Broadcasters can earn money directly through Twitch's Partnership Program. Through that program, Twitch shares revenues with "Partners." Complaint ¶¶ 2, 30. While any broadcaster may apply to become a Partner, Twitch accepts only broadcasters who meet certain qualifications. Id. ¶ 30. The qualifications include a consistently high number of viewers and followers. Id.

         Twitch owns rights in the TWITCH trademark (U.S. Registration No. 4, 275, 948) and TWITCHTV trademark (U.S. Registrations Nos. 4, 087, 877 and 4, 230, 874) and has applied for registration of its "Glitch Logo" (U.S. App. Serial No. 86, 485, 295). Complaint ¶ 32; Ex. H to Complaint. The TWITCH mark "consists of standard characters without claim to any particular font, style, size, or color." Ex. Hto Complaint; Ex. A to Decl. in Supp. of Mot. ("Hall Decl."), ECF 69-1. Twitch owns common law rights in the TWITCH trademark and the Glitch Logo. Complaint ¶ 32. When providing its services, Twitch uses a purple and white color scheme with a distinct font and logo. Id. ¶ 33. Presented below is an example of Twitch's font and logo and the Glitch Logo (the stylized comment bubble above "twitch"). Id.

         (Image Omitted.)

         B. Bouchouev and Renfrow/Kelly's Use of Twitch's Trademarks

         Bouchouev operates websites located at,,,, Complaint ¶ 52. According to Twitch, Bouchouev entices broadcasters to use bot services to artificially inflate the usage associated with the broadcasters' channels. See Id. ¶ 54. For example, on, Bouchouev offers, among other things, "Viewer Bot," "Chat Bot," "Follower Bot," and "Twitch Partnership" services. Id. ¶ 53. On various websites, Bouchouev offers numerous bot services packages that he claims will help the customers gain more viewers. See Id. ¶¶ 56-57, 59-60, 62-64. Bouchouev advertises his bot services on TwitchViewerbot.Net, StreamBot, and Twitch Viewer Bot Facebook accounts, as well as his Twitch Viewer Bot Twitter, Twitch Viewer Google Plus, and Streambot YouTube accounts. Complaint ¶ 67; Ex. B-III to Complaint.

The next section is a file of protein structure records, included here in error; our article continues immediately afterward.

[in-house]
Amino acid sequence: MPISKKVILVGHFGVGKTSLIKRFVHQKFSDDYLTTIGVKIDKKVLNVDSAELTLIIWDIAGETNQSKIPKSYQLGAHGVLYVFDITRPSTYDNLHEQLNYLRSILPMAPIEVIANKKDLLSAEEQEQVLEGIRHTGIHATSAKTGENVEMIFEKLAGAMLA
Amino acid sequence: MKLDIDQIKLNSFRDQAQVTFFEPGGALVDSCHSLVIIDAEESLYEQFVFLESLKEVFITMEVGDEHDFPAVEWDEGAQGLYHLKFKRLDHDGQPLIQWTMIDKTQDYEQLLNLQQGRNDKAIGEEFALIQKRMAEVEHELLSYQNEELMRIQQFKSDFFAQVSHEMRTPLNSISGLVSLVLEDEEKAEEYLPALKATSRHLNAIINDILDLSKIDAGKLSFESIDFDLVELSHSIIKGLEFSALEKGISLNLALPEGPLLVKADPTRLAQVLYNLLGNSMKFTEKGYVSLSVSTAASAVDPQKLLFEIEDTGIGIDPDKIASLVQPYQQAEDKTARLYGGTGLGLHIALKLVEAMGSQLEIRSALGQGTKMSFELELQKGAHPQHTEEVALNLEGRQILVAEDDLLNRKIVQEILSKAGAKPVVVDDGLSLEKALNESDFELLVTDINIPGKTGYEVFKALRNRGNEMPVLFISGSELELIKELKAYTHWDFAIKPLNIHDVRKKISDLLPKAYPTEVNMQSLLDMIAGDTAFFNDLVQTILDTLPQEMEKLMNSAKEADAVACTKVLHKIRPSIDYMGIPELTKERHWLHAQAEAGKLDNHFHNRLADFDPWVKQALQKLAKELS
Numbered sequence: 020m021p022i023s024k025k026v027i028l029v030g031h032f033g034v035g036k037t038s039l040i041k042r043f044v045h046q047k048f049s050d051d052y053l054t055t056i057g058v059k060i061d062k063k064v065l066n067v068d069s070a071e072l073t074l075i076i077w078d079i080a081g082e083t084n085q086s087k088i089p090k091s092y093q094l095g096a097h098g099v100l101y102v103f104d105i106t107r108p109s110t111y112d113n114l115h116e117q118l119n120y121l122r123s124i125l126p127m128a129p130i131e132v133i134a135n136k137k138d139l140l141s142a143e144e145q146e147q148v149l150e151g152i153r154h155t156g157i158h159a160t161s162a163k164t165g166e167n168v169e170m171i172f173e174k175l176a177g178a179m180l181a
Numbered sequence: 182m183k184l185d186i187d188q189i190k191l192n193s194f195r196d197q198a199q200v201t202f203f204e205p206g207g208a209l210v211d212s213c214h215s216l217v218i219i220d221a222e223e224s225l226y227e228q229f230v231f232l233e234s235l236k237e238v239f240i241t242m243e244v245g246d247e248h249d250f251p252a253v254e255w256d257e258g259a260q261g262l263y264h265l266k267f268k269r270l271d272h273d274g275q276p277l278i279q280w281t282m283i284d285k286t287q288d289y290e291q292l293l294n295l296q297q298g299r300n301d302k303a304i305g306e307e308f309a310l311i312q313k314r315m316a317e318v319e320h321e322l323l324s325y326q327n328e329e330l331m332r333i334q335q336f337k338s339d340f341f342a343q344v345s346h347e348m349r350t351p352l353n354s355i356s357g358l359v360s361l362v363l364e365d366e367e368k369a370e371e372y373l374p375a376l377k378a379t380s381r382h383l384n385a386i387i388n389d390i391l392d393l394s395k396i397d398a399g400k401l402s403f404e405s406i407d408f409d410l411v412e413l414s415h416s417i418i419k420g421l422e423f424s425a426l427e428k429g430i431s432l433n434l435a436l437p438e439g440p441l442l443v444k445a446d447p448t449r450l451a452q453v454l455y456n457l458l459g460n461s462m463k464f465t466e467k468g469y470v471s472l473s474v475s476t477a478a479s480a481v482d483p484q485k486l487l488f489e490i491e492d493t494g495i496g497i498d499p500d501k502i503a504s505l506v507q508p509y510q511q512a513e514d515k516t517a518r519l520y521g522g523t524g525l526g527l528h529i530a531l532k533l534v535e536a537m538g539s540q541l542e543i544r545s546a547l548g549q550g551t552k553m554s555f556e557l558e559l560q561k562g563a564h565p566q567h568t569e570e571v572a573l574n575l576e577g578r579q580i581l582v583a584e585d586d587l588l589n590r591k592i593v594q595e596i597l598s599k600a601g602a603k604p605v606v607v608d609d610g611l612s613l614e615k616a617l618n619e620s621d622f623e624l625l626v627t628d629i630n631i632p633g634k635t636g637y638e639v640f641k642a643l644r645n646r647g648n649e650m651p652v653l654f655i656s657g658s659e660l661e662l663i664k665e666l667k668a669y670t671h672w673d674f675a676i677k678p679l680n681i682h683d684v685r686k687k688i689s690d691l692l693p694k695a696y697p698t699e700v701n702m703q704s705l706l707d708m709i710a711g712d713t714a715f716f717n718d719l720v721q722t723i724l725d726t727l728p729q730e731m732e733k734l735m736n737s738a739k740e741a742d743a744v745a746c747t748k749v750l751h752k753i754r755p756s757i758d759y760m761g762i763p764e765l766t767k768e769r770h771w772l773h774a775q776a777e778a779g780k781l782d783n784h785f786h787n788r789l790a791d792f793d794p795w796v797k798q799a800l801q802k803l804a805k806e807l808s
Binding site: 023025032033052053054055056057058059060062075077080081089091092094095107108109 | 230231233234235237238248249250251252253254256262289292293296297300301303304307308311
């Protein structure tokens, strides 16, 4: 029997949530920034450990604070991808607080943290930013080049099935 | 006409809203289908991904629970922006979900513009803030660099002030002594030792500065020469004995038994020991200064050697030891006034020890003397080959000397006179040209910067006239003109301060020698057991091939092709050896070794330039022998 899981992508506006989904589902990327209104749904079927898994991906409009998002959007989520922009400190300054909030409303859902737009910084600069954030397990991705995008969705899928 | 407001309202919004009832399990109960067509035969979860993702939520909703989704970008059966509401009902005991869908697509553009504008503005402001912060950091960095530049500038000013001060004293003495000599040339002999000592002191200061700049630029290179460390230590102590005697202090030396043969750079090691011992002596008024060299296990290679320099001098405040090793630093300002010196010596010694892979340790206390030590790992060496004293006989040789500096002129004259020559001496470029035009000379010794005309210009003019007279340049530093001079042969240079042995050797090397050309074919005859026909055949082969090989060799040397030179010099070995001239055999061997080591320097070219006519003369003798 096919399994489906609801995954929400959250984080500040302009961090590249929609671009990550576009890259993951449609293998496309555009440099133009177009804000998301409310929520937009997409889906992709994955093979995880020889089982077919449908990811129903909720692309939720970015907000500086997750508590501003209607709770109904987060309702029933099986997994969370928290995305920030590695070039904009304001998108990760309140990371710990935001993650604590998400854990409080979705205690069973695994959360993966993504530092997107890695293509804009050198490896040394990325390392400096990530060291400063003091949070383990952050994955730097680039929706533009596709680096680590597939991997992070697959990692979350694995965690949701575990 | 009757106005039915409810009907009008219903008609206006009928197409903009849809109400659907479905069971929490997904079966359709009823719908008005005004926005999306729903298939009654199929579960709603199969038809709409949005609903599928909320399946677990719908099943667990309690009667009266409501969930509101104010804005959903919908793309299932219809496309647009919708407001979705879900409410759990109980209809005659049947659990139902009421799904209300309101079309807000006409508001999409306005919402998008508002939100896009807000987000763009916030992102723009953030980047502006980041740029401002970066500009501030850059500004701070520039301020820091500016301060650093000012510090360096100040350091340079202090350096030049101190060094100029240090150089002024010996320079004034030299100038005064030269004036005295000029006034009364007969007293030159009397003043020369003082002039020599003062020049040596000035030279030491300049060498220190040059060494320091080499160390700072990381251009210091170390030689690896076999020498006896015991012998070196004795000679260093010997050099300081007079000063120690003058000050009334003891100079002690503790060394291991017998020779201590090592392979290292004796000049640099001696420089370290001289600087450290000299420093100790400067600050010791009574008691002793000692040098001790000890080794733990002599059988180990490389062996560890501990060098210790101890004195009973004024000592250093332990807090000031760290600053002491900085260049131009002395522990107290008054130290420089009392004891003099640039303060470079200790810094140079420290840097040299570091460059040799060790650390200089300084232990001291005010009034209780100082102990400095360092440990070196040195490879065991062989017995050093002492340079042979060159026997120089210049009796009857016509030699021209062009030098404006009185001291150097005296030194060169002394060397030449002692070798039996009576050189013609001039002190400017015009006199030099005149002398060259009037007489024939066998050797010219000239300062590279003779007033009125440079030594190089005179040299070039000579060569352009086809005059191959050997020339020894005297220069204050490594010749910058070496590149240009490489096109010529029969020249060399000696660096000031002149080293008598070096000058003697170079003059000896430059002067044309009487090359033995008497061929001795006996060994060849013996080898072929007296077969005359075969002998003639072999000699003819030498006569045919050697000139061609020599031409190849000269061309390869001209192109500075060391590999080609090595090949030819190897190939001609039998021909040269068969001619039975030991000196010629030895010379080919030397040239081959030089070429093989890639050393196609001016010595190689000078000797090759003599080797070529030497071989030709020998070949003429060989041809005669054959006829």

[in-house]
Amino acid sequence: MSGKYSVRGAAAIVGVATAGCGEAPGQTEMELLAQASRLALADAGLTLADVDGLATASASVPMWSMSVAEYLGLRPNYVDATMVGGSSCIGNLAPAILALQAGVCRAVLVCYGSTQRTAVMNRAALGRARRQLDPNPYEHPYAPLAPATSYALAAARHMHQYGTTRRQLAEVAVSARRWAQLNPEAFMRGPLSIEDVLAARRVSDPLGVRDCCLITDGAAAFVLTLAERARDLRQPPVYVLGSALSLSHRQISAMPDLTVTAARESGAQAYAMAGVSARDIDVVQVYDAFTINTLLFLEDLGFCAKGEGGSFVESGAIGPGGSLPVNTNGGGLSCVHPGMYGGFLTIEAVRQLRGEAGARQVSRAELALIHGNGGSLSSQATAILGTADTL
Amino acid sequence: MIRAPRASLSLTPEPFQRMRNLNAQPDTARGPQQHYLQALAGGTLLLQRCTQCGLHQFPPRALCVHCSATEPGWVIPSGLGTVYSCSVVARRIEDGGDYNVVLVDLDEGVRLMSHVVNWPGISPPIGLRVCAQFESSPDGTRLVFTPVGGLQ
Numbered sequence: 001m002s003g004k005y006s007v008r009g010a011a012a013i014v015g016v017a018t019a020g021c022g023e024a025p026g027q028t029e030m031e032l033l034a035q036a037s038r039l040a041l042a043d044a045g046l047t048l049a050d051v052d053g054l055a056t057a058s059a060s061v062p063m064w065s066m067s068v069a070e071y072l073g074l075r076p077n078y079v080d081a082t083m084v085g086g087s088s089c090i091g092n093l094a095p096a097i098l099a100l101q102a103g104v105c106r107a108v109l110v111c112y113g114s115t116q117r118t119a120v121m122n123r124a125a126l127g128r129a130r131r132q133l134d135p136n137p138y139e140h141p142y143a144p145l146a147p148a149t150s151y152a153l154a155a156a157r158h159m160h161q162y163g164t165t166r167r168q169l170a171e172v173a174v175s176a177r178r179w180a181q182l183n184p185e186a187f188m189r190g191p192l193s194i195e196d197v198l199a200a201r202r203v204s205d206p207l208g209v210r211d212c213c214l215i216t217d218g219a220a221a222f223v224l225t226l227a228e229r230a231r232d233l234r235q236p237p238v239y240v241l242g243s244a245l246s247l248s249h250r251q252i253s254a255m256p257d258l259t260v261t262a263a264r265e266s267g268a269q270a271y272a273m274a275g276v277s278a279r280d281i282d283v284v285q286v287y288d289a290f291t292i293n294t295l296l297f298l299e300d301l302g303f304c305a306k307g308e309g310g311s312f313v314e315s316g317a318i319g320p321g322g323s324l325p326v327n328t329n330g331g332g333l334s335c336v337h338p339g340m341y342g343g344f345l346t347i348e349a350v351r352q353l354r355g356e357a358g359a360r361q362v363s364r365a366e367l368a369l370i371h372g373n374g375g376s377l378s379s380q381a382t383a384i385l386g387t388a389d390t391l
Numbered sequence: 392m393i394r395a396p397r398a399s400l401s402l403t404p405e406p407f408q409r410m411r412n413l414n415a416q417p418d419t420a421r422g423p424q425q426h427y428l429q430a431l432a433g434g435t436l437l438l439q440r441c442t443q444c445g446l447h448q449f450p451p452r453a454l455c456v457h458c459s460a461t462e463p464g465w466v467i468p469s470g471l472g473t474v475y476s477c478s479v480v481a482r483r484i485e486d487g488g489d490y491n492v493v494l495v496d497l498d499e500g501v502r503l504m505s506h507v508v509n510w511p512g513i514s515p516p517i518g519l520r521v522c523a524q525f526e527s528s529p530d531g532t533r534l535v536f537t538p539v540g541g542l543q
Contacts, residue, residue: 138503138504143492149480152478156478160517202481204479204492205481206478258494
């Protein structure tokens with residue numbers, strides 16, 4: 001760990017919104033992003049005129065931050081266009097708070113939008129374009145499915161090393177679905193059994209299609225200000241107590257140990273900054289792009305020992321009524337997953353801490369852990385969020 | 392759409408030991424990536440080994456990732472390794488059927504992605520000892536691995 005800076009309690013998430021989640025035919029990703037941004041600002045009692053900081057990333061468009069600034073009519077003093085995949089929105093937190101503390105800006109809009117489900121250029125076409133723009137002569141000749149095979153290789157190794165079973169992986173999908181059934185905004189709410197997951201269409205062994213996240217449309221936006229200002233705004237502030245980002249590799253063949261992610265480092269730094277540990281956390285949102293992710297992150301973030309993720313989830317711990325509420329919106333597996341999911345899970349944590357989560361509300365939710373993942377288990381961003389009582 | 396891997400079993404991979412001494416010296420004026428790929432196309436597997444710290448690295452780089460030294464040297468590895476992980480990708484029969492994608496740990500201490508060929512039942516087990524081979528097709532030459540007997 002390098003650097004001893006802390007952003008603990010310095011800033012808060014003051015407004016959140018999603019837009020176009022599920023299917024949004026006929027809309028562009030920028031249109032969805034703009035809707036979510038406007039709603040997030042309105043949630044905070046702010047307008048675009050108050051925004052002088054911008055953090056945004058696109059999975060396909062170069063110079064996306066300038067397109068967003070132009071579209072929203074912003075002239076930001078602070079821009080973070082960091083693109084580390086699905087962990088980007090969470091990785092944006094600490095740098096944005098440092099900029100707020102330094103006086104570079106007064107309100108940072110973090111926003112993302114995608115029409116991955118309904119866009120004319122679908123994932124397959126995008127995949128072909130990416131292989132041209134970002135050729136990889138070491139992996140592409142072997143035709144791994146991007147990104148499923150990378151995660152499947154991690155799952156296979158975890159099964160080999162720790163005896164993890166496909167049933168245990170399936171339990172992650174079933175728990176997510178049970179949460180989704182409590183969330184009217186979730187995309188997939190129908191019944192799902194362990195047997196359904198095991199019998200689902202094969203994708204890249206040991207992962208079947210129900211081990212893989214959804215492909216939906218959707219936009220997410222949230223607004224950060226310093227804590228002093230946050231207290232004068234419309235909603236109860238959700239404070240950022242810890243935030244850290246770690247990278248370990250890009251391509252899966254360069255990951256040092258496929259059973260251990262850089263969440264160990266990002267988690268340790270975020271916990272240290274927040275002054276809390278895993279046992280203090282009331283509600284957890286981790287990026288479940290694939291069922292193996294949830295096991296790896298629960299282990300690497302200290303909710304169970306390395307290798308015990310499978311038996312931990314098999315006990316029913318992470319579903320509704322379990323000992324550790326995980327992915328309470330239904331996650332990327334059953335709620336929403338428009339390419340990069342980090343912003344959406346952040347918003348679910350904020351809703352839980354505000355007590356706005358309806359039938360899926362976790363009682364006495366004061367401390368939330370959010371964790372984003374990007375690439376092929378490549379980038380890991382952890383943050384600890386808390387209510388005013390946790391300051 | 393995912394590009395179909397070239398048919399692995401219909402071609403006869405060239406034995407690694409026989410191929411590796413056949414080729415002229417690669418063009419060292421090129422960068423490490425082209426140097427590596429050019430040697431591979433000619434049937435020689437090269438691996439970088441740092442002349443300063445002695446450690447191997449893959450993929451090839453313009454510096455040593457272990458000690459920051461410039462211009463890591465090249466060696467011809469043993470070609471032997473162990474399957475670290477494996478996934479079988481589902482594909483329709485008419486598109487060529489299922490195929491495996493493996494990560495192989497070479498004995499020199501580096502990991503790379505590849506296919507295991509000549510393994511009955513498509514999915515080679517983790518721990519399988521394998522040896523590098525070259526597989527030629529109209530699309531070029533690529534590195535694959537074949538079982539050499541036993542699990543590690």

Alex Renfrow/Jared Kelly operates websites located at and, which links to Complaint ¶ 114; Ex. G to Complaint. Similar to Bouchouev, Renfrow/Kelly entices broadcasters to use bot services to artificially inflate the usage associated with the broadcasters' channels. Complaint ¶ 115. On various websites, Renfrow/Kelly offers numerous bot services packages that he claims will help the customers gain more viewers. See Id. ¶¶ 116-17. Twitch also claims that “Renfrow[/Kelly] uses the TWITCH mark in commerce without Twitch's permission, ” and that this usage will likely deceive consumers. Id. ¶ 120.